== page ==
Here in the air he is free of all earthly bonds. His only companions are the birds that share his air-space. He catches a thermal and finds himself surrounded by red kites, also making the most of this free ride. They accept this intruder as if he was one of their own and they circle together, swirling higher and higher until he can no longer see his shadow. Turning his face away from the ground he looks up, striving to gain even more altitude, to keep going until his oxygen runs out and he can be certain that he has reached his limit. Close to death, he has never felt so alive. He likes the idea of taking his last breath on this flight, but no. It is not to be.

A casually cruel voice cuts into his reverie and he plummets back to earth. A rough hand brushes back the curl that has flopped across his brow. He wishes they would just cut it off.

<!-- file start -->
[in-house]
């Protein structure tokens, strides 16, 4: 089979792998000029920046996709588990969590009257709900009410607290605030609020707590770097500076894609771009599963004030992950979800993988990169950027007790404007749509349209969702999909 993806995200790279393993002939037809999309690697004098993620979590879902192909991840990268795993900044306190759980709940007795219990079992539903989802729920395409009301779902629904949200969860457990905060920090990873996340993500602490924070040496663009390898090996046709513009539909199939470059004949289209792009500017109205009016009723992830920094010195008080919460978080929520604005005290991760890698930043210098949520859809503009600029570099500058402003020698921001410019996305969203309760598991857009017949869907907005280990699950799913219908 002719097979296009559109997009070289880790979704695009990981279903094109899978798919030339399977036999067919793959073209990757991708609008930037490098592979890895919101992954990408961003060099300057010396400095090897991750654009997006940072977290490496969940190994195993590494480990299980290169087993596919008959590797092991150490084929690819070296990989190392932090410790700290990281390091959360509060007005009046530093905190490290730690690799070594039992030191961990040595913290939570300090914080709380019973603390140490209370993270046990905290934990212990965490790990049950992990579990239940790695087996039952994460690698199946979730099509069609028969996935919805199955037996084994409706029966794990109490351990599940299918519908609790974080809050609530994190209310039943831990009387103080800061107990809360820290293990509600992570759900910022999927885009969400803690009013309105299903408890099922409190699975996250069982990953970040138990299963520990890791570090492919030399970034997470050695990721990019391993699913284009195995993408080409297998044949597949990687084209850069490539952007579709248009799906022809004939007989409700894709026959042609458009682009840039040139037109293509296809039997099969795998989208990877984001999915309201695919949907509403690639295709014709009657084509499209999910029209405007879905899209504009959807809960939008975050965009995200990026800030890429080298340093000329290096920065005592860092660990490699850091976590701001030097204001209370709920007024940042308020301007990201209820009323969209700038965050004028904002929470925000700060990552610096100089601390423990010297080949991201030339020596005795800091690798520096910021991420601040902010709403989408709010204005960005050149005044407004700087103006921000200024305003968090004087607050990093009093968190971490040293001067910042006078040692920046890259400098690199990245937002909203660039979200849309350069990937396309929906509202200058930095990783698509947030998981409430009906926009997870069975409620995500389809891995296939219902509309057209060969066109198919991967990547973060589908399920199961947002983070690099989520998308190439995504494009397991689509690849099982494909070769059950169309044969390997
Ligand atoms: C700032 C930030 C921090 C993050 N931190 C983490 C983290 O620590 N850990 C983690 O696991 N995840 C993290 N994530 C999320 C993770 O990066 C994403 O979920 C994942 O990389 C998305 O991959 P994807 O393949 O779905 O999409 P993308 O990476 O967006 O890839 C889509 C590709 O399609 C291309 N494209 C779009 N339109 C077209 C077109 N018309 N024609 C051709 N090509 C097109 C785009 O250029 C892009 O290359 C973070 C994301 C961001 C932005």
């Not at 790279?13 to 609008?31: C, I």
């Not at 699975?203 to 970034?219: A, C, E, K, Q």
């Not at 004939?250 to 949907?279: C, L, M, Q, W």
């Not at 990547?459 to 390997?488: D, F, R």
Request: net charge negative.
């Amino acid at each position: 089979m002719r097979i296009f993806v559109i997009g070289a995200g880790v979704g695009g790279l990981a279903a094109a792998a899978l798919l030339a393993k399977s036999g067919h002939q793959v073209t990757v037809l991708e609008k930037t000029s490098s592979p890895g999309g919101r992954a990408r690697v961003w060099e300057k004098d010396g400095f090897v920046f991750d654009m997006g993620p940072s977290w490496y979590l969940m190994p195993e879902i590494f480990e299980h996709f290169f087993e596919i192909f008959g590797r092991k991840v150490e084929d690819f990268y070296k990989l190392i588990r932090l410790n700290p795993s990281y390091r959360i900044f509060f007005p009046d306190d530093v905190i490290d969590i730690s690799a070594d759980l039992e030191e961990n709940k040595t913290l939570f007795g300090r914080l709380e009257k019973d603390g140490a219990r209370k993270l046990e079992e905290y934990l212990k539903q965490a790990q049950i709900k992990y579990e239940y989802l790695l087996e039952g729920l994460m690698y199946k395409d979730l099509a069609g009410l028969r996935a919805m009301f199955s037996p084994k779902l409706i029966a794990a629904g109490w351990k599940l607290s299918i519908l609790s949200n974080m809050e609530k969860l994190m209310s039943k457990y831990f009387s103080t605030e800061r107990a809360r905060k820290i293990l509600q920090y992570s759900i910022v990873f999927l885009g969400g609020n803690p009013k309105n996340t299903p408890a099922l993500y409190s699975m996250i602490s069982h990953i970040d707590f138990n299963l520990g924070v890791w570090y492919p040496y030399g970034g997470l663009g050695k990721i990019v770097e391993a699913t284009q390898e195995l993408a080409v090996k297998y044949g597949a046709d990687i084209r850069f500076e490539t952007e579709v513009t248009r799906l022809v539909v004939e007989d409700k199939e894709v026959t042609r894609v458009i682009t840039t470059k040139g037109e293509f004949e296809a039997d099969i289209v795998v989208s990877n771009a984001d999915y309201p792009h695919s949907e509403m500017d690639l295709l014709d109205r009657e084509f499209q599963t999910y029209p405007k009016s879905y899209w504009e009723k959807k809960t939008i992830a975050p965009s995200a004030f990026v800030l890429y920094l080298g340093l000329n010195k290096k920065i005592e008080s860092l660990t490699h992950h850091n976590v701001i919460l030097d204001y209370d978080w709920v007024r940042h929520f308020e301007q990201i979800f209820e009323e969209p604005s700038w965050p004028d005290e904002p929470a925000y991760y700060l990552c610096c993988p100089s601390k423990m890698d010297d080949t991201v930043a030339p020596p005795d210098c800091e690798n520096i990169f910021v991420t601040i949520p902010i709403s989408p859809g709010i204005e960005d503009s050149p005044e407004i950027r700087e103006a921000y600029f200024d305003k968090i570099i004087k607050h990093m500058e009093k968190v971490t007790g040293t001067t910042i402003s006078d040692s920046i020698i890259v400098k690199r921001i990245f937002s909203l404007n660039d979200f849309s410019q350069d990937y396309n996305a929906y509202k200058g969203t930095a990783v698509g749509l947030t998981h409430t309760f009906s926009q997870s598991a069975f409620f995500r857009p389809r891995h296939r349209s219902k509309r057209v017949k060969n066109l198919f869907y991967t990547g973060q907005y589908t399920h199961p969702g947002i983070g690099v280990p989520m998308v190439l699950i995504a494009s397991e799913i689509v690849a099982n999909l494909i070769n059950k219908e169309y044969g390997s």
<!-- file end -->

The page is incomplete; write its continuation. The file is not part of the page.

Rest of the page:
‘Come and meet Finn. He was brain damaged at birth and has spent all his life sitting and drooling in that wheelchair. No life for a man, is it? Still, at least he’s no bother, not like some of them. Finn, this is Maria. She’s joining the team and is going to be your new key-worker.’

‘Does he understand you?’ The voice holds curiosity and sympathy, something he doesn’t want.

‘Who knows? We’re told to speak to him as if he can understand, but there’s nothing to indicate that he can. He can’t even use his hands to sign.’

‘Hello, Finn.’

Maria kneels in front of him and even as she introduces herself and shakes his nerveless hand, he feels her eyes rove across his face and body, coolly assessing him. It won’t take long for her to deem him not fit for purpose. Cynicism will soon override her initial compassion. It always does.

Finn doesn’t care. The hours spent dumped by the television while the carers stepped outside for a crafty fag, the audio-books played over and over whether he wants to listen to them or not, and the song lyrics heard on the radio have all been absorbed and have fired his imagination.

Finn grunts, closes his eyes and prepares to set off on a new adventure.

Selected: March Short Story Contest
Published in #Issue 28